Ivo Motycka in the Czech Republic and he has a very interesting question about the correct spoke tension on his Roval Fusee wheels. This is the same for all wheels and is not an easy answer, read on:
I need to know the tenseness for a new spokes Roval Fusee Star E5 (front and rear).
Thank you very much.
The best answer I can give you is “the correct tension” let me explain why:
The correct tension
If you buy a pair of cheap factory machine built wheels, they need to be trued after you buy them. This is because the machine puts the same tension on all the spokes. This method gives you a fairly round and fairly straight wheel, but it’s not a great wheel and will need looking at after a few rides.
Now the case with a hand-made set of wheels is the following. The wheel builder feels the tension on each spoke and looks at the shape of the rim. As he is truing the wheel, each spoke is probably at a slightly different tension. This, you could say, is an art. It’s learned over many years of wheel building. You can find that wheels built by different people feel and ride differently because they have been built with high tension or with a softer feel with less tension. There are advantages and disadvantages to both.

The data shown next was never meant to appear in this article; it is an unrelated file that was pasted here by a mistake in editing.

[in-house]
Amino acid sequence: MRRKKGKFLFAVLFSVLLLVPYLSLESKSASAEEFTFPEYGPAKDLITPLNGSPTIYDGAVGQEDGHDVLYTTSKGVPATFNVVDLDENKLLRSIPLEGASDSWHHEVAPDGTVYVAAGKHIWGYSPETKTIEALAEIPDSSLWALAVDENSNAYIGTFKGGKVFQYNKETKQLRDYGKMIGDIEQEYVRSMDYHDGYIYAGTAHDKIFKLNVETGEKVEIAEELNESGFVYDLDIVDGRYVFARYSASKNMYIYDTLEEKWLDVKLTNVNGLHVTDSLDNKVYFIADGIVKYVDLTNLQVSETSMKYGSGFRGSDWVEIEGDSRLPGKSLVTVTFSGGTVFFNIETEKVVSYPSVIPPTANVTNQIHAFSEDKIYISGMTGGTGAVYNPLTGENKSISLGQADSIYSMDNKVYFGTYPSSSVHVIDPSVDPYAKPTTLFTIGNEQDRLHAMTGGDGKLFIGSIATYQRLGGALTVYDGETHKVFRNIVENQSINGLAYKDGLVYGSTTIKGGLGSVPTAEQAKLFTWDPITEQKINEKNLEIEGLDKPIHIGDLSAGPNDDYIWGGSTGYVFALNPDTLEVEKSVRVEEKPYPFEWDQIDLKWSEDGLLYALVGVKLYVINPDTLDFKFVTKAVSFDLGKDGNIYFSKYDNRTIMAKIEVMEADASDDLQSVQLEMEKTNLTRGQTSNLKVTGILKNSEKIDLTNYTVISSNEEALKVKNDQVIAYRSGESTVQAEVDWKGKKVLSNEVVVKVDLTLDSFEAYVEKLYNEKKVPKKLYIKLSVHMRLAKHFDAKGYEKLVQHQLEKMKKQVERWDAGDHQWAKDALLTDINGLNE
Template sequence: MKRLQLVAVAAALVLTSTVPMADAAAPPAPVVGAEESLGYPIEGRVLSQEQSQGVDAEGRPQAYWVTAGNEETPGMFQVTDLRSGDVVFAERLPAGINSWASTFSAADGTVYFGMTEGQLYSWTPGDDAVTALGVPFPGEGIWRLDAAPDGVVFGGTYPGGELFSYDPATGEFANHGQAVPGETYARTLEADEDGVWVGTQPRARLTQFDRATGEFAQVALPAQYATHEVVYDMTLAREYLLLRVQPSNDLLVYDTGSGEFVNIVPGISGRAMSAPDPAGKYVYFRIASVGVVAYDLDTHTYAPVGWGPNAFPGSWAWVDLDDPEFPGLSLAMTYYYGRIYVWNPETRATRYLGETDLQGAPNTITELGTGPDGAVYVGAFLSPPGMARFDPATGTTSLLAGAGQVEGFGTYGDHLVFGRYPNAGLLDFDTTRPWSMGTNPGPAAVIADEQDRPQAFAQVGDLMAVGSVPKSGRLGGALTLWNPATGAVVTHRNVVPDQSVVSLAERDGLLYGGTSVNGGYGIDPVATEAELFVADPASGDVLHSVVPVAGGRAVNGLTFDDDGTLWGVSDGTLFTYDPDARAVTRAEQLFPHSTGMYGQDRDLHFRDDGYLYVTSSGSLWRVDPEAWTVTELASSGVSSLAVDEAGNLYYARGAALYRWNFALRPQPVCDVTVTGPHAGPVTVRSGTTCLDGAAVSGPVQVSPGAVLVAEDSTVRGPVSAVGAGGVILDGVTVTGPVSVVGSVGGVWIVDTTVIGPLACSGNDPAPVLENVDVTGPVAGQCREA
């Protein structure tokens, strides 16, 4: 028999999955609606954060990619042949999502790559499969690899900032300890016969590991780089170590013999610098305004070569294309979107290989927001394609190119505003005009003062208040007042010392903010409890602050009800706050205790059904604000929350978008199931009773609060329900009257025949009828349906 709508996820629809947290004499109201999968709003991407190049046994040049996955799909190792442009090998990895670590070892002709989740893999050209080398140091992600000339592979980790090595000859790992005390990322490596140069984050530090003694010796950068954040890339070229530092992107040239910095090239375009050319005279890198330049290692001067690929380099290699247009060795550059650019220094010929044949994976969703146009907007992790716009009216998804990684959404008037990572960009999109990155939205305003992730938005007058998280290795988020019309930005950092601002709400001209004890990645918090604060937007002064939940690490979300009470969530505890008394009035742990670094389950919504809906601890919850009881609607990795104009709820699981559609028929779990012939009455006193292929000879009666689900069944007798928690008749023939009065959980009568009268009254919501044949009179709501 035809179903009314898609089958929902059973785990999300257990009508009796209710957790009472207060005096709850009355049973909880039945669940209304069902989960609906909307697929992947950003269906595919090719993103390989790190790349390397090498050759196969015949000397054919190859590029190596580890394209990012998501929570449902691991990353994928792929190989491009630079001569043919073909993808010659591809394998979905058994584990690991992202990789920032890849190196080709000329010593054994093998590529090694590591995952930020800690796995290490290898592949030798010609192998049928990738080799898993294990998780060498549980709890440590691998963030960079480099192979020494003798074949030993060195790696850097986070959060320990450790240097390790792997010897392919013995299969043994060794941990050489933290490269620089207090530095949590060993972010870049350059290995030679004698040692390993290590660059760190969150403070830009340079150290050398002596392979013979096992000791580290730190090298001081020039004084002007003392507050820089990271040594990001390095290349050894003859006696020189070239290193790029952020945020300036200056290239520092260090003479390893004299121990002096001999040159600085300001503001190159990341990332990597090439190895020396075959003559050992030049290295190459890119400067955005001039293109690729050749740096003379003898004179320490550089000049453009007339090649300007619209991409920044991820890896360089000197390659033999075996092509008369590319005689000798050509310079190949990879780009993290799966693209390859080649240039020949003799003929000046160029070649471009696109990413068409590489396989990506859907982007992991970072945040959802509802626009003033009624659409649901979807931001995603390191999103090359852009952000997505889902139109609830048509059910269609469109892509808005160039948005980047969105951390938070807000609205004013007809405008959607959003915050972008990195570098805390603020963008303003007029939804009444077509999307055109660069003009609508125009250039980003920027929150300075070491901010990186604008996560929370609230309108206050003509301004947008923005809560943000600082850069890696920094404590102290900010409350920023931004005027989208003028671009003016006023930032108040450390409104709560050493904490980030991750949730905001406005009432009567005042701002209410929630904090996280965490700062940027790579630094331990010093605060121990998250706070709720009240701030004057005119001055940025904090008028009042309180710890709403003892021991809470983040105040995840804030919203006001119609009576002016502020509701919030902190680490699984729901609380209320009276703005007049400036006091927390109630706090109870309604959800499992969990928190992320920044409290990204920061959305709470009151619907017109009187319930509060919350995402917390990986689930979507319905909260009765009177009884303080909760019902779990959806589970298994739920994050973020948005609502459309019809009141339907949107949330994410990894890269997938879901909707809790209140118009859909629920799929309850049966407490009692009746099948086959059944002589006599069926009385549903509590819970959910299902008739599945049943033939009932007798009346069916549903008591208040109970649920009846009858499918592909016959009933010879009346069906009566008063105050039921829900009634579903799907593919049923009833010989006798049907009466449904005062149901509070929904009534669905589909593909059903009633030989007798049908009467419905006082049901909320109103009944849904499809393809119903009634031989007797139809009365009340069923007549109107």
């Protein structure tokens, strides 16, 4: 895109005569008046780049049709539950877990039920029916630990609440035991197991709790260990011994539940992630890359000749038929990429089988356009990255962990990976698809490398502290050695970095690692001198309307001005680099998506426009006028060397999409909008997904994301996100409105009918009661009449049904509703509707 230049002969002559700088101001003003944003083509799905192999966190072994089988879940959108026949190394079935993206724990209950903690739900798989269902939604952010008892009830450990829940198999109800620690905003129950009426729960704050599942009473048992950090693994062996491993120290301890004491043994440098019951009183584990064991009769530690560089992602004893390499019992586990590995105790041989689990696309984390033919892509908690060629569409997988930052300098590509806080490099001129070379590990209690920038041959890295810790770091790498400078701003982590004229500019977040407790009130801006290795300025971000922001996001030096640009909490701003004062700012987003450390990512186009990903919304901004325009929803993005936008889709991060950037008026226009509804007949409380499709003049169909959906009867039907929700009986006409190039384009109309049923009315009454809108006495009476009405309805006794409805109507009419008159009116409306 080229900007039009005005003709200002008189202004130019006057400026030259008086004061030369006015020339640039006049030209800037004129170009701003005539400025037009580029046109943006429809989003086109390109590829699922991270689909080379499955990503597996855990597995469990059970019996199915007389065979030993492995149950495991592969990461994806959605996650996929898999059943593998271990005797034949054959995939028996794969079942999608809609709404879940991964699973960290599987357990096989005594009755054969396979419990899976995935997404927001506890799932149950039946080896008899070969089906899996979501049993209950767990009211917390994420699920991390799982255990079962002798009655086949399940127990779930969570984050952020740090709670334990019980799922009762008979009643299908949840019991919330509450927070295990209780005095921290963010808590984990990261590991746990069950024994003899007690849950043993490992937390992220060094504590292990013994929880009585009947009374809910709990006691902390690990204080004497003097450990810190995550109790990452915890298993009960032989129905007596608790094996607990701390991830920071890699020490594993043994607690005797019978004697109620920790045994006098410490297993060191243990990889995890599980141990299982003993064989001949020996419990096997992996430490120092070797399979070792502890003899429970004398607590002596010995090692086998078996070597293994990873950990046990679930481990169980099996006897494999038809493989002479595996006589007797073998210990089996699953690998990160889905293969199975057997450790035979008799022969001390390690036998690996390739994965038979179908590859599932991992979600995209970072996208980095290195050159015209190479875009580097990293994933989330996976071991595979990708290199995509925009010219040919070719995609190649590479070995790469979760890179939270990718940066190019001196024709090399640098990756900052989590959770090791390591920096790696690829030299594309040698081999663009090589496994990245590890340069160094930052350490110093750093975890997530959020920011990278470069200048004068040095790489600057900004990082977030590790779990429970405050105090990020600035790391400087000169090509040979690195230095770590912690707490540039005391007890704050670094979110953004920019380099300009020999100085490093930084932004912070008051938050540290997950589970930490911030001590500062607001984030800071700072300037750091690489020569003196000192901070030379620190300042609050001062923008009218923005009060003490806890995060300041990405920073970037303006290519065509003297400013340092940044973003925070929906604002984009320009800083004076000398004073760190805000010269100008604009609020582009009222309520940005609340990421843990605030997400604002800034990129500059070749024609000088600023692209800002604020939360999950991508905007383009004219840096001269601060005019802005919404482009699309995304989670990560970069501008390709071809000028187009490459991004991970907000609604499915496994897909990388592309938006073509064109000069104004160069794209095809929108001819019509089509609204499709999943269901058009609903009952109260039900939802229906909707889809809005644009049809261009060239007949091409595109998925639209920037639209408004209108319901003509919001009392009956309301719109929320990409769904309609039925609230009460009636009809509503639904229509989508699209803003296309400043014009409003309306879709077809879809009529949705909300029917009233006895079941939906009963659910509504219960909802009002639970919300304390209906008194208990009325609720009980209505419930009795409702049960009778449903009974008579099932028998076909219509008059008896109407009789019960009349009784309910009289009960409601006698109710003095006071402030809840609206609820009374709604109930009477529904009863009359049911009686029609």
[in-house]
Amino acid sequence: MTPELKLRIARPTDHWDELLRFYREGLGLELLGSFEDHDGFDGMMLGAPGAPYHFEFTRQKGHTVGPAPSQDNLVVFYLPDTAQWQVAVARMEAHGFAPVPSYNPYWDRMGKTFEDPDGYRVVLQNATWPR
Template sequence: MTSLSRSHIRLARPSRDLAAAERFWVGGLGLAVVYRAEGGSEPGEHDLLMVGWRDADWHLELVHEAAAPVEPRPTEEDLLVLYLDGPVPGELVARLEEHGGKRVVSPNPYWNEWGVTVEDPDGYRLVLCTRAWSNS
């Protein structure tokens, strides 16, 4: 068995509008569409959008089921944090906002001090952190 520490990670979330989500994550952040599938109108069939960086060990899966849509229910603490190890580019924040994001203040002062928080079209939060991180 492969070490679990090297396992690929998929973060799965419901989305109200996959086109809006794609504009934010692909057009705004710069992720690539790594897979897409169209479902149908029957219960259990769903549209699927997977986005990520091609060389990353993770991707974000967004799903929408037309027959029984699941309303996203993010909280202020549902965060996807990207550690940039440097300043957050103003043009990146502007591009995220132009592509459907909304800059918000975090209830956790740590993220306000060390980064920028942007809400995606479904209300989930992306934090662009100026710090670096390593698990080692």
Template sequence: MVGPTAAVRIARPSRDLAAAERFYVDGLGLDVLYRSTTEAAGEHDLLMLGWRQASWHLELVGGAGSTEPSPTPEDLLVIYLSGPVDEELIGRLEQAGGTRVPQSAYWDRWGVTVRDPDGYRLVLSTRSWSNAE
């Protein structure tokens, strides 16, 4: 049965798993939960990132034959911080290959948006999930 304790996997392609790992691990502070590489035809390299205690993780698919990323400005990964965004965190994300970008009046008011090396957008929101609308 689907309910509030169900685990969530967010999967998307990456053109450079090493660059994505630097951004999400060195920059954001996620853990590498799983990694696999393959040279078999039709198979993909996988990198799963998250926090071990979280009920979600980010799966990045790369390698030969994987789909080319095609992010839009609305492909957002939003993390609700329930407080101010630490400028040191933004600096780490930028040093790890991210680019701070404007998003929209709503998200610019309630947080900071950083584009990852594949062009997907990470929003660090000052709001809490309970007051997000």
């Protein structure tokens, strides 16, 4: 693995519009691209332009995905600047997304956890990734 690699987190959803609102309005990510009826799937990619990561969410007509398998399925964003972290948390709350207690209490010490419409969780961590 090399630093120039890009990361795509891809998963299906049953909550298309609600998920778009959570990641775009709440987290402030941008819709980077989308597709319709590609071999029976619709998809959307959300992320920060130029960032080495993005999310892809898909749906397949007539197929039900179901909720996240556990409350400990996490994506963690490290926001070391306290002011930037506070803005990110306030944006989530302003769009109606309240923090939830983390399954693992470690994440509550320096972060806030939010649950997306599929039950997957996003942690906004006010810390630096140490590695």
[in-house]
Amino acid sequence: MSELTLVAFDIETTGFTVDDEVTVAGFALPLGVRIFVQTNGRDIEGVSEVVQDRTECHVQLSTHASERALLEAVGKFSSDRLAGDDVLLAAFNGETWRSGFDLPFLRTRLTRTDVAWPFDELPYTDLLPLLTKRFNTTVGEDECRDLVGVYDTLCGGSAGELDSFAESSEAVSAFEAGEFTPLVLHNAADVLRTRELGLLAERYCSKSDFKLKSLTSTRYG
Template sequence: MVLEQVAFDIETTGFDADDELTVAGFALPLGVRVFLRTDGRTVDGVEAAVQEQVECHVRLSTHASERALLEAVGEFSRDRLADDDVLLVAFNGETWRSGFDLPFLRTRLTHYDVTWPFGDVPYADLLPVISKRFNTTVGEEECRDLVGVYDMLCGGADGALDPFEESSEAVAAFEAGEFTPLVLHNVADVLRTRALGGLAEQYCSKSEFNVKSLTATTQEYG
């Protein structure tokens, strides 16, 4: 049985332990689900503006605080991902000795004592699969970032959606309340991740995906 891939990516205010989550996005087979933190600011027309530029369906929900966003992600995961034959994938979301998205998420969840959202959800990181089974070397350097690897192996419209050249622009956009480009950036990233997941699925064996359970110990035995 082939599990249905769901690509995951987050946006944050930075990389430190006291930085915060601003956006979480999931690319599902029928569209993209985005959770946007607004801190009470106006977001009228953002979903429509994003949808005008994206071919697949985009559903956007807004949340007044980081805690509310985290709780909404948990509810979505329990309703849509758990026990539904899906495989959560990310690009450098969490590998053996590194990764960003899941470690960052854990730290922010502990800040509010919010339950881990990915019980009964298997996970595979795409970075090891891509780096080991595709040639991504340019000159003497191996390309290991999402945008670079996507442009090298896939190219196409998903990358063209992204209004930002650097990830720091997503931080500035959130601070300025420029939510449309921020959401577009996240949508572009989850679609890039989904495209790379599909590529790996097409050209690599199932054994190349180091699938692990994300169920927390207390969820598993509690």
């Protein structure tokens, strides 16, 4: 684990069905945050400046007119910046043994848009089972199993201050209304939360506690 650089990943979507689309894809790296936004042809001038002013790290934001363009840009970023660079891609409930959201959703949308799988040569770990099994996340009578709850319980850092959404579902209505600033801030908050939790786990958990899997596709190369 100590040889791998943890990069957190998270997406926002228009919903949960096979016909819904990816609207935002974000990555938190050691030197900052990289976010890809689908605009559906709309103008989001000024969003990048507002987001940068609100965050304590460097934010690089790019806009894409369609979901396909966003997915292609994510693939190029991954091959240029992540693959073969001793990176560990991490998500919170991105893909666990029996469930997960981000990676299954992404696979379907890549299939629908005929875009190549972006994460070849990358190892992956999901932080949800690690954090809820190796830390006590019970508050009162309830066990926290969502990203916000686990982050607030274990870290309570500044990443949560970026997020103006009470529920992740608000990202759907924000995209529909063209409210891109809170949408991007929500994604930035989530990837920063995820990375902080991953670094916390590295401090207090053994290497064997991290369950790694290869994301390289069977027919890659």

A tight wheel feels responsive when climbing, cornering, and sprinting. However, if you break a spoke, the wheel will be unrideable, leaving you at the side of the road and. The rim will be under greater pressure, which could pull it out of shape easily if it is a soft rim.
A softer (less tension) built wheel will feel softer, which is great on bad roads. It will not feel like it has a crisp performance, a little bit sluggish. You do find with a wheel with less tension that it keeps its shape better even with a broken spoke, and this could get you home.
Complete wheelsets like the Roval, Mavic, Fulcrum, Campagnolo, Shimano, etc. are probably manufactured by someone at a machine lacing the spokes and them being tensioned to the same stress. Then there will be a technician checking each wheel for roundness, side to side, and centrality of the rim to the hub and putting more or less tension on certain spokes until the wheels are perfect and will pass quality control.
So, the answer to your question is that unless you know what you are doing, then leave wheel building to the experts or learn how to do it by practicing on some cheap and unimportant wheels. This could take you a few years to learn!